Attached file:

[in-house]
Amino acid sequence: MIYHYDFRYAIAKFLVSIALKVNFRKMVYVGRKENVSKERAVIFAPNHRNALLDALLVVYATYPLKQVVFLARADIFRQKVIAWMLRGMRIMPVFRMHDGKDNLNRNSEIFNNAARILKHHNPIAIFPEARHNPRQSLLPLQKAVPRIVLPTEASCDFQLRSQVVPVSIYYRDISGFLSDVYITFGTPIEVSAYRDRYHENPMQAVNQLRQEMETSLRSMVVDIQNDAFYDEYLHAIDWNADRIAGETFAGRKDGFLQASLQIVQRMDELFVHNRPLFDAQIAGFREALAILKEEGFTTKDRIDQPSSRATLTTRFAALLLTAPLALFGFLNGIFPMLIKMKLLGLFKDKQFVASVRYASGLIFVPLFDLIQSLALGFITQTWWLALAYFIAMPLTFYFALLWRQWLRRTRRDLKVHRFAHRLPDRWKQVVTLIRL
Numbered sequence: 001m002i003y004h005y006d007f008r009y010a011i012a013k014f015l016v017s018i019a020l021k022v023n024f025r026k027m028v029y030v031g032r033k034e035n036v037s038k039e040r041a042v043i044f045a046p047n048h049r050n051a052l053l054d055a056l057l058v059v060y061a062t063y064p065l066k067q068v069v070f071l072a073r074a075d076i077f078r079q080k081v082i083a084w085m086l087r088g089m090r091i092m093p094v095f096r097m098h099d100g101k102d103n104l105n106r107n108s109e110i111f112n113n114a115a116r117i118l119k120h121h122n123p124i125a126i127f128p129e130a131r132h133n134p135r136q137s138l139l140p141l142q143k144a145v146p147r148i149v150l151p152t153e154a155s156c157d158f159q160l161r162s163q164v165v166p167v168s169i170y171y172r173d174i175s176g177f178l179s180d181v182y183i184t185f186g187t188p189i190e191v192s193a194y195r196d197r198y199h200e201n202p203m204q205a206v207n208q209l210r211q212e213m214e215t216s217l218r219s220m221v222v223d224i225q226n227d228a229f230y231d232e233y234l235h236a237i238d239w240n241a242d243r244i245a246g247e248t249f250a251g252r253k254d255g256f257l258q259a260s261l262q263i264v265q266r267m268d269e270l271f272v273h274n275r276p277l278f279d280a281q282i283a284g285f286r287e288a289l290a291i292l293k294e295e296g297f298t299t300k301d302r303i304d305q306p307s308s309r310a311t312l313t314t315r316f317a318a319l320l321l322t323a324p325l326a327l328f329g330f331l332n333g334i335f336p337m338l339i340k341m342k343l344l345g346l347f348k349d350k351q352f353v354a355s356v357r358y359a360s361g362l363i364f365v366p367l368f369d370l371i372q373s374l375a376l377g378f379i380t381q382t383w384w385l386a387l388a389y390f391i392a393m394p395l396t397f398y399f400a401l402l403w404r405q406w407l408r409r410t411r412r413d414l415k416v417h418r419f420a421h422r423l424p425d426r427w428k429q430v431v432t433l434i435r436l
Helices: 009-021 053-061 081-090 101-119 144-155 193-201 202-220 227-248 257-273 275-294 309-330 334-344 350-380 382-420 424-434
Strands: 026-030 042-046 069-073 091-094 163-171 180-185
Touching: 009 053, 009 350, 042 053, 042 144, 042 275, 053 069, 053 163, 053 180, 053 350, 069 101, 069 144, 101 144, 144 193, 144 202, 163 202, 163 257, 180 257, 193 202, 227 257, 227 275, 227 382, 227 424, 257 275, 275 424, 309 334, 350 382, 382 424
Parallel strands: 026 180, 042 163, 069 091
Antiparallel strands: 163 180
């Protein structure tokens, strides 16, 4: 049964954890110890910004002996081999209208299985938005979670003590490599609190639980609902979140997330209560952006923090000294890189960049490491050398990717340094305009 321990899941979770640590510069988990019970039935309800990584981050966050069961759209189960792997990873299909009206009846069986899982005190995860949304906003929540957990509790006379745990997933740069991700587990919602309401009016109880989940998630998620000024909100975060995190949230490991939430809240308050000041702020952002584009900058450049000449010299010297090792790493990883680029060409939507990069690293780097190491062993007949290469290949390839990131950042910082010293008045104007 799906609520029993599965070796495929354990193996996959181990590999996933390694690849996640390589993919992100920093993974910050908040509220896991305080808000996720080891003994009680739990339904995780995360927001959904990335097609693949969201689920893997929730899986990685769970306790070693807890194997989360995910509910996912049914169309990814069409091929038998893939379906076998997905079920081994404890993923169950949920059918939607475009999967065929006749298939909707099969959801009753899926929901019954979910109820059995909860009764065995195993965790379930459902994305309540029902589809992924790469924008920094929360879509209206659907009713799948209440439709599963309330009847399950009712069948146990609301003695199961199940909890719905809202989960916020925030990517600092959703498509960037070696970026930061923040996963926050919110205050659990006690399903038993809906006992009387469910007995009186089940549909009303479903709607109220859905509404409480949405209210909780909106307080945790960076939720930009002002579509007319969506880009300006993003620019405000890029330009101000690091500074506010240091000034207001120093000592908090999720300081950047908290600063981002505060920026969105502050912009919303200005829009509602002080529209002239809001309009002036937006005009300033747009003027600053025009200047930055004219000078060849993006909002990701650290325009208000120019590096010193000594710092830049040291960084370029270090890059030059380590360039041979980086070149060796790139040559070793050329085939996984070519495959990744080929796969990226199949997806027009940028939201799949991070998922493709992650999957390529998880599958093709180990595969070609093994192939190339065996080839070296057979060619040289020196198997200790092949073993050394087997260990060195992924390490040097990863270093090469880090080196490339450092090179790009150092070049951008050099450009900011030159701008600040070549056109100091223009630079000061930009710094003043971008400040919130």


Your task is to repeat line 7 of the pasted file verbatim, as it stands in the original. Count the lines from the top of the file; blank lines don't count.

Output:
Parallel strands: 026 180, 042 163, 069 091